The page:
Clearing the confusion about cooking oils

Is there anything more confusing than the truth about vegetable oils?

The FDA tells us that vegetable oils are good for us because they are polyunsaturated fatty acids (PUFA), and not saturated oils. They want us to believe that saturated fats are categorically bad for you.

The problem with that is that the scientific literature says otherwise. So, let’s clear things up…

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How do we get vegetable oils?

Vegetable oils are made from seeds such as rapeseed (canola oil) soybean (soybean oil), corn, sunflower, safflower, and others.

Since the 1900s we have developed fairly complicated extraction processes to chemically remove these oils in which they also get deodorized, bleached and refined — producing something far from a “whole food,” yet promoted as “healthy” by the American Heart Association.  You’ll find these oils in most all processed food.

Canola oil may have omega-3 fatty acids to begin with, but high-heat processing denatures it, dramatically increasing the trans fat content. Watch this nearly 4-minute YouTube on how rapeseeds become canola oil and you’ll see what I mean.


Similarly, according to the American Heart Association, there are other “common cooking oils that contain more of these (so-called) better-for-you fats and less saturated fat”:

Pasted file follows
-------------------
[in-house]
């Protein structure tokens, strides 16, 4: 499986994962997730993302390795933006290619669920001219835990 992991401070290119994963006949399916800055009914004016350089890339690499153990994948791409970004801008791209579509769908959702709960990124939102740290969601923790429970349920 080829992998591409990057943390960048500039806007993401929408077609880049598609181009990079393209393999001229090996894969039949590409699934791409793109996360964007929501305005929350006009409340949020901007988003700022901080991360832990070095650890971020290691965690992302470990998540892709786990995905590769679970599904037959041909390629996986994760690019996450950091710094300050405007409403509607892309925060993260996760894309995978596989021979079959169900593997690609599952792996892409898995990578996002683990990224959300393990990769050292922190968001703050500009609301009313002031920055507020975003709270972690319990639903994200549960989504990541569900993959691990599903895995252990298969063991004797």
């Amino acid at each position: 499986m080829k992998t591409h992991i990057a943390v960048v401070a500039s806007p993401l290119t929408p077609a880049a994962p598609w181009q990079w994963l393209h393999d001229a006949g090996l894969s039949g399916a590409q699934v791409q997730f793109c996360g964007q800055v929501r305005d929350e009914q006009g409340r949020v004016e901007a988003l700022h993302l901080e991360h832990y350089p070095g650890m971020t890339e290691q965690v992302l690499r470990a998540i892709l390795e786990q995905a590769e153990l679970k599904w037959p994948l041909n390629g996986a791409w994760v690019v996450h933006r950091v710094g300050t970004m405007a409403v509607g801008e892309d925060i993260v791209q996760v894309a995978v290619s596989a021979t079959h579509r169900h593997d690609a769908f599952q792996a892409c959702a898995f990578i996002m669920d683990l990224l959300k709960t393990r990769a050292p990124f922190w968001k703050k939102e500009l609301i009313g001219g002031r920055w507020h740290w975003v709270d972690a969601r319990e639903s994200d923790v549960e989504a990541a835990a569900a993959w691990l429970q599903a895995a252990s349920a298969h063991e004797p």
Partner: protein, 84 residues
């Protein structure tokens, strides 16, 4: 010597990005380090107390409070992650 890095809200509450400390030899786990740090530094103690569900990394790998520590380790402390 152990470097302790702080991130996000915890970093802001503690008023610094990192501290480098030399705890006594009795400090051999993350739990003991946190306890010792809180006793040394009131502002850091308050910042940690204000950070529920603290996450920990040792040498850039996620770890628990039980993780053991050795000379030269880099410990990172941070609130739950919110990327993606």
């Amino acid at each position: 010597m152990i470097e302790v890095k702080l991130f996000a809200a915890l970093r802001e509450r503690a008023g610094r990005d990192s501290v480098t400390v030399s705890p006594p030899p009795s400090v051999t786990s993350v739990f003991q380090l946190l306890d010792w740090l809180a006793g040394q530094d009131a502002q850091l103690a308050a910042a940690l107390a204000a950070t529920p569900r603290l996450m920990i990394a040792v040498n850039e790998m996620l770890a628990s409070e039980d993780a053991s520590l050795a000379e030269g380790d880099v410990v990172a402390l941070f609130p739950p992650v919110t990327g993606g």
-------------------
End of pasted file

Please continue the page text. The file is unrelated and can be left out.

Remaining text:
• Canola
  • Corn
  • Olive
  • Peanut
  • Safflower
  • Soybean
  • Sunflower

They advise to replace “bad fats (including saturated and trans, which are miles apart)… solid fats (butter, shortening, lard and hard stick margarine) and tropical oils (palm and coconut oil), with healthier fats” such as vegetable oils!  But in reality, it isn’t just trans fats you hear so much about, found in cookies and processed baked goods, that you need to avoid — it’s vegetable oil too!

It’s no coincidence that obesity and heart-disease rates have dramatically increased since Americans began eating vegetable oils instead of fats like butter.

Contrast these with coconut oil or even good old butter from cow’s milk, which only require a simple separation. Yes, these fats do contain saturated fat, but saturated fat is not the disease-promoting culprit we were originally told it was decades ago. The science is pretty clear on this…

Related: Why they are wrong about coconut oil

More recent studies show that vegetable oils may contribute to disease while saturated fat intake does not. Look at this science about saturated fat:

  • A huge prospective meta-analysis, reported on in 2010 and involving nearly 350,000 people, found no association between saturated fat and heart disease. And, a Japanese study of 58,000 men followed for 14 years (on average) found no association between saturated fat intake and heart disease; and those who consumed more saturated fat had a lower stroke risk.
  • While short term studies show a relationship between saturated fat intake and blood cholesterol levels, nearly all the long-term studies do not show this.